After finishing third in AL Cy Young voting in 2022, Alek Manoah had a disastrous 2023 season, posting a 5.87 ERA over 87 1/3 innings while suffering a significant loss of control. Manoah’s hellish year included a month-long stint in the Florida Complex League to try and solve his sudden mechanical issues, as well as a later option to Triple-A Buffalo in August that didn’t result in any actual pitching appearances with the Bisons.
With all this in mind, it perhaps isn’t surprising that rival executives have told The Athletic’s Ken Rosenthal that “the Blue Jays are open to moving” Manoah in a trade, and teams have made calls in general asking about Toronto’s rotation depth. Of course, teams are often willing to listen on virtually any player, so it isn’t clear if Toronto is merely doing its due diligence in not dismissing offers for Manoah, or if the Jays are actively shopping Manoah in some regard.
It’s difficult to call Manoah a true trade candidate given the still somewhat mysterious nature of his down year. Some type of injury seemed to be a factor, as Jays GM Ross Atkins said in October that Manoah received a PRP injection to treat some shoulder discomfort. Manoah also went through some medical testing during his stint in Buffalo, but there were also reports of some hard feelings between Manoah and the team, perhaps regarding how the minor league option might’ve cost Manoah enough service time to claim Super Two status.
Only the Jays and Manoah himself have an idea of his status heading into 2024, or if even that might still be unclear until Manoah gets some offseason or Spring Training work under his belt. Obviously no team is going to pay a big price for Manoah without having more understanding of what exactly is plaguing the 25-year-old right-hander, so that alone limits Toronto’s leverage in any trade discussions.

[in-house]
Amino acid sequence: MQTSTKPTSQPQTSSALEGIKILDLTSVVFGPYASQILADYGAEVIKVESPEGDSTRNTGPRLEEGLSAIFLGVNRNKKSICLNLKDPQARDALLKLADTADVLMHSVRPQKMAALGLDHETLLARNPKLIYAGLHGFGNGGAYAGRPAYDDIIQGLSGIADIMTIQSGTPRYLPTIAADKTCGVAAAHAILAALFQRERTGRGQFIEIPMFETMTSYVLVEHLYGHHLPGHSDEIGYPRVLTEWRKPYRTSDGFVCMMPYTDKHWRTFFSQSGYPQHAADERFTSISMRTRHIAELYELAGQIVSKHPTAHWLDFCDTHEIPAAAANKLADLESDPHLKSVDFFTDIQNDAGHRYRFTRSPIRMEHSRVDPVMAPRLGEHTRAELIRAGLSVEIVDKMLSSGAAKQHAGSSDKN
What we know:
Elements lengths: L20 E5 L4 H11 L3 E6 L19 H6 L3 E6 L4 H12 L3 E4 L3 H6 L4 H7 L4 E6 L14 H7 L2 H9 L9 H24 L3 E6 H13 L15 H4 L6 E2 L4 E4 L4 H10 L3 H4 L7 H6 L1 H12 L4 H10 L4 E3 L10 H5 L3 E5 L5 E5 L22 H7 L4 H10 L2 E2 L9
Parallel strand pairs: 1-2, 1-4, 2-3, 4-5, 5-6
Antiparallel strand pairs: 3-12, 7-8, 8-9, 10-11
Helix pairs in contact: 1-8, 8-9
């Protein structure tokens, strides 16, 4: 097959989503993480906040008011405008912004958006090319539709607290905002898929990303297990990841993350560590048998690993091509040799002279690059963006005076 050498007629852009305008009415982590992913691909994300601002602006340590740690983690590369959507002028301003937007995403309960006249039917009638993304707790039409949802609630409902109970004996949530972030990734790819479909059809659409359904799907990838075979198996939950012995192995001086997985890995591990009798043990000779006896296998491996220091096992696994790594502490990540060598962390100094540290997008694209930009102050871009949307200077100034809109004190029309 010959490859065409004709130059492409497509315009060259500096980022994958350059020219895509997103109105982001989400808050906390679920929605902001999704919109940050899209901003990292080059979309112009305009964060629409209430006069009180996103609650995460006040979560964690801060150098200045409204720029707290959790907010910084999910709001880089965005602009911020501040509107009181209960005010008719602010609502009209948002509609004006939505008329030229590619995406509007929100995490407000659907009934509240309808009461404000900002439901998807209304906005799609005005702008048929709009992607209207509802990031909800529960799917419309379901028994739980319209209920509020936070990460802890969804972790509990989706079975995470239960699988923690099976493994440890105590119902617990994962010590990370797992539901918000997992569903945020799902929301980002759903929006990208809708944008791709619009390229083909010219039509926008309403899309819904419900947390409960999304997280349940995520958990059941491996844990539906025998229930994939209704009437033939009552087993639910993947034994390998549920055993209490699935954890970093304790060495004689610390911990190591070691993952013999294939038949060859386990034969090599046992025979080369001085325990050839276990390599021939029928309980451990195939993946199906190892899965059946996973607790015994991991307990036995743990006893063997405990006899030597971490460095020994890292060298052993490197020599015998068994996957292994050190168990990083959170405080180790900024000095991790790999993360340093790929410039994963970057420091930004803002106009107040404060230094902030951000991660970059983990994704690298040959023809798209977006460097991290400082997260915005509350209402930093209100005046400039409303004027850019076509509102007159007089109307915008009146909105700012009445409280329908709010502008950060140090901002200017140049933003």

By that same token, if Manoah just needs to get healthy, it is possible he could enjoy a swift return to form. Should such a bounce-back happen, the Blue Jays obviously want to benefit, rather than selling low on Manoah and then watching him rebound on another club. That said, “selling low” is still better than selling for nothing, and another mediocre season might ruin Manoah’s trade value entirely. Manoah’s rough season is just one season, and rival teams might feel they have an answer to Manoah’s mechanical problems, or that a trade itself might get Manoah on track if there is indeed bad blood between the righty and Jays management.
MLBTR’s Darragh McDonald recently speculated that the Blue Jays and Cardinals might line up on a Manoah trade, perhaps involving such past Jays trade targets as Dylan Carlson, Lars Nootbaar, or Brendan Donovan. With Carlson and Tyler O’Neill both struggling for the last two seasons after some early success in their MLB careers, the Cards and Jays could theoretically explore moving two “sell low” candidates for each other, hoping that mutual change of scenery would benefit all parties. St. Louis is one of many teams looking for pitching this winter, and with the Jays having a wide array of holes to fill in the lineup, several clubs could be fits if Manoah was indeed available.
The other question about a Manoah trade is how it would impact Toronto’s rotation. Kevin Gausman, Chris Bassitt, Jose Berrios, and Yusei Kikuchi are set as the top four, with Manoah being the favorite for the fifth spot though Atkins made no guarantees. If teams are asking about the Blue Jays’ pitchers in general, any of Bowden Francis, Mitch White, Wes Parsons, or even Kikuchi could be available at the right price. Such a deal involving another pitcher would imply that Toronto is confident Manoah can bounce back, or that the Jays are perhaps exploring acquiring another pitcher for more stability at the back end of the pitching staff.